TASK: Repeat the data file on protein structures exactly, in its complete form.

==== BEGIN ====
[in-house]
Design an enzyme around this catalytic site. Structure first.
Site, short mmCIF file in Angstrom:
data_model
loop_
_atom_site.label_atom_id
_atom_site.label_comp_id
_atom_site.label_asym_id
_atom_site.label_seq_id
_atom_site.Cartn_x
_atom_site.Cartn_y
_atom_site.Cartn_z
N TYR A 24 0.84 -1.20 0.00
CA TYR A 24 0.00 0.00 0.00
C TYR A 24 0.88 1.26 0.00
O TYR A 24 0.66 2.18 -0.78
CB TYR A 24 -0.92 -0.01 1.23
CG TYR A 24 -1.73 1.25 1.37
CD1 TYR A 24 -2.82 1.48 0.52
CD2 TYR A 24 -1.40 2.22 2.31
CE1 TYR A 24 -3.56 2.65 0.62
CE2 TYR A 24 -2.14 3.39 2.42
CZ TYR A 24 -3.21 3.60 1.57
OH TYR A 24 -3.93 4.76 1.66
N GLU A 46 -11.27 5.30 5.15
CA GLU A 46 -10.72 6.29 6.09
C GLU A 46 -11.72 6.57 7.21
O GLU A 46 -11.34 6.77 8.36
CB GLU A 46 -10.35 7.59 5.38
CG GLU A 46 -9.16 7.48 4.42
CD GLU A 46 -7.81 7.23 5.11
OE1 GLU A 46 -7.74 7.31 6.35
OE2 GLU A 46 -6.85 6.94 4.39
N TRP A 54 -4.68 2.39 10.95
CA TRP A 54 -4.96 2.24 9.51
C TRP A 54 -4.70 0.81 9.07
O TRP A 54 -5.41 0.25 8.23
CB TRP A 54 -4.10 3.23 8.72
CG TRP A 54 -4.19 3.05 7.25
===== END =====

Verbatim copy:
[in-house]
Design an enzyme around this catalytic site. Structure first.
Site, short mmCIF file in Angstrom:
data_model
loop_
_atom_site.label_atom_id
_atom_site.label_comp_id
_atom_site.label_asym_id
_atom_site.label_seq_id
_atom_site.Cartn_x
_atom_site.Cartn_y
_atom_site.Cartn_z
N TYR A 24 0.84 -1.20 0.00
CA TYR A 24 0.00 0.00 0.00
C TYR A 24 0.88 1.26 0.00
O TYR A 24 0.66 2.18 -0.78
CB TYR A 24 -0.92 -0.01 1.23
CG TYR A 24 -1.73 1.25 1.37
CD1 TYR A 24 -2.82 1.48 0.52
CD2 TYR A 24 -1.40 2.22 2.31
CE1 TYR A 24 -3.56 2.65 0.62
CE2 TYR A 24 -2.14 3.39 2.42
CZ TYR A 24 -3.21 3.60 1.57
OH TYR A 24 -3.93 4.76 1.66
N GLU A 46 -11.27 5.30 5.15
CA GLU A 46 -10.72 6.29 6.09
C GLU A 46 -11.72 6.57 7.21
O GLU A 46 -11.34 6.77 8.36
CB GLU A 46 -10.35 7.59 5.38
CG GLU A 46 -9.16 7.48 4.42
CD GLU A 46 -7.81 7.23 5.11
OE1 GLU A 46 -7.74 7.31 6.35
OE2 GLU A 46 -6.85 6.94 4.39
N TRP A 54 -4.68 2.39 10.95
CA TRP A 54 -4.96 2.24 9.51
C TRP A 54 -4.70 0.81 9.07
O TRP A 54 -5.41 0.25 8.23
CB TRP A 54 -4.10 3.23 8.72
CG TRP A 54 -4.19 3.05 7.25